Winky Dink and You

Winky-Tv Great talk by futurist Paul Saffo tonight (sorry, he declined to be webcast at the last minute). Covered a lot of ground, with both inspiring and depressing intersections for journalists, but I especially enjoyed his romp through early “new media” technologies, including what must have been the first interactive television program, Winky Dink and You. Kids hung a piece of clear acetate with a connect-the-dots or other puzzle over the TV screen, and got to “rescue” Winky Dink by drawing a ladder, rope, or other device right on the screen at the right moment (subversive 50s kids apparently drew anvils or bombs to sabotage him instead). Clues given through the show led to the spelling out of a secret message.

Of course, it goes without saying that scores of kids without the kits drew on the television screen itself, ruining many a family’s first television set. “I remember that my Mother didn’t want to buy me a Winky Dink screen,” Charlie Jamison writes, “That was not going to stop me from helping my old pal Winky Dink, I just used a permanent marker! The next week, I had a Winky Dink screen.”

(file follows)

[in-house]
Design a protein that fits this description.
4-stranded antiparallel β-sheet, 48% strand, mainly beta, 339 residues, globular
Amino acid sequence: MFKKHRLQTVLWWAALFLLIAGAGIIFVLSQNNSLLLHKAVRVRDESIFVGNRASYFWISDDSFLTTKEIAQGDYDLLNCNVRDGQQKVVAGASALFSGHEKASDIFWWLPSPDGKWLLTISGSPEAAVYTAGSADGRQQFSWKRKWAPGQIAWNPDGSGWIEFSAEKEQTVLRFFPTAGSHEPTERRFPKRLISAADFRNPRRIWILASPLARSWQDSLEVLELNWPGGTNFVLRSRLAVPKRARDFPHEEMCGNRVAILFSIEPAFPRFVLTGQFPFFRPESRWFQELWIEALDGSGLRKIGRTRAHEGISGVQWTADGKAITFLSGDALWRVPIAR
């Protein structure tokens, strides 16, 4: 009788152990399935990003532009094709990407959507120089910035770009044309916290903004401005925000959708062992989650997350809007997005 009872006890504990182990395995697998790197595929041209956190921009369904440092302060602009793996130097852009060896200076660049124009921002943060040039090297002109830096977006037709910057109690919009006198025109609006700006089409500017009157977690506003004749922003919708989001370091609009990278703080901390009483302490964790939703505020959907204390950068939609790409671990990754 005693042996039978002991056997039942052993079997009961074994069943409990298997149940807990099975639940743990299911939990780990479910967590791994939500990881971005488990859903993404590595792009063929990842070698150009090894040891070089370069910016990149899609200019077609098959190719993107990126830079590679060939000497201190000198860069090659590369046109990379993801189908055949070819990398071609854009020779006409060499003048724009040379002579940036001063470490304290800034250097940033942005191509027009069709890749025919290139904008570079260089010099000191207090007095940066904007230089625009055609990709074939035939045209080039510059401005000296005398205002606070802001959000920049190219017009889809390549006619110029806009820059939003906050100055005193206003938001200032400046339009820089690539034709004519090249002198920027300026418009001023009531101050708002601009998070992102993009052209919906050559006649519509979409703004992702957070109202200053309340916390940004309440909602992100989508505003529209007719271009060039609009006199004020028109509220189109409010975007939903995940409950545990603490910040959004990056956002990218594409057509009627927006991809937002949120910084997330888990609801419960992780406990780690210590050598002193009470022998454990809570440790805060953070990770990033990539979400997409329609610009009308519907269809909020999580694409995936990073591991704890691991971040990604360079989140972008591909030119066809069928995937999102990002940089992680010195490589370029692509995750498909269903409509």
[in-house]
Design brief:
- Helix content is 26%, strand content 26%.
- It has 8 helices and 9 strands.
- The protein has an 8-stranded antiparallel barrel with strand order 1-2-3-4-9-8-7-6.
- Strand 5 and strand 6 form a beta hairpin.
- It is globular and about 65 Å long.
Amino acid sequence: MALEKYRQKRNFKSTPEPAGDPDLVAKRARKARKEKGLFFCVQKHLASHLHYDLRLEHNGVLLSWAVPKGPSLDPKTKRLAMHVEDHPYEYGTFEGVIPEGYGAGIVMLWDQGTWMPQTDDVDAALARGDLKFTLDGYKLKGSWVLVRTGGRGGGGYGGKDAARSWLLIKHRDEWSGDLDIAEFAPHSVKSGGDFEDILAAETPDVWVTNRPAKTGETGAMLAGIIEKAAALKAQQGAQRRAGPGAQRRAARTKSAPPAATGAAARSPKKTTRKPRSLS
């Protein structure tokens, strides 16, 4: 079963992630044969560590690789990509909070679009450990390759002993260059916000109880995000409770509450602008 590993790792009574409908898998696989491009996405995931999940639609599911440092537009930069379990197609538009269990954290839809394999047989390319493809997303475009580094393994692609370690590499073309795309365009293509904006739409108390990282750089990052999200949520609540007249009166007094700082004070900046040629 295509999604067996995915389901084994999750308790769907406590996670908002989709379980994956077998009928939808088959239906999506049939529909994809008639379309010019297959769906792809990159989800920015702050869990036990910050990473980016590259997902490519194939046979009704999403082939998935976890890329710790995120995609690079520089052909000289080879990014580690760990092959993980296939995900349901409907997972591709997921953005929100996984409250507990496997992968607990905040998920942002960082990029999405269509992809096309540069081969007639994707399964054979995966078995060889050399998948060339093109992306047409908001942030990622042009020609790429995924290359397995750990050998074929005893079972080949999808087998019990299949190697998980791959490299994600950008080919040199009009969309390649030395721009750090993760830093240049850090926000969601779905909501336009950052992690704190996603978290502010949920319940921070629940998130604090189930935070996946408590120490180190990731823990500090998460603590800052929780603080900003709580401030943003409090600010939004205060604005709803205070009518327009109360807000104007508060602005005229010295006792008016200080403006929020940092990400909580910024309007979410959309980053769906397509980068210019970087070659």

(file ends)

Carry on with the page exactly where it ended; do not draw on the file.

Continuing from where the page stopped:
Also enjoyed Saffo’s collection of early remote controls (everyone still has a relative alive who calls it “the clicker,” right?

Also could relate to his “Bakelite” metaphor – when plastics first hit the scene, they worked hard to make new products look like wood or tortoise shell – the new tech was using itself to emulate the old. Since I’ve been dealing with two separate faculty members who want to put up web publications in a Flash “page turning” interface because they “just like the feel of print,” the Bakelite analogy resonated perfectly.

Other examples: The Gutenberg Bible looked just like an illuminated manuscript – print was introduced and the first thing it did was emulate the old hand-styled presentation method. And when TV was introduced, for years it just did stand-up radio shows, but with a camera on the hosts.

Music: Thelonious Monk :: Monk’s Point (Take 1)

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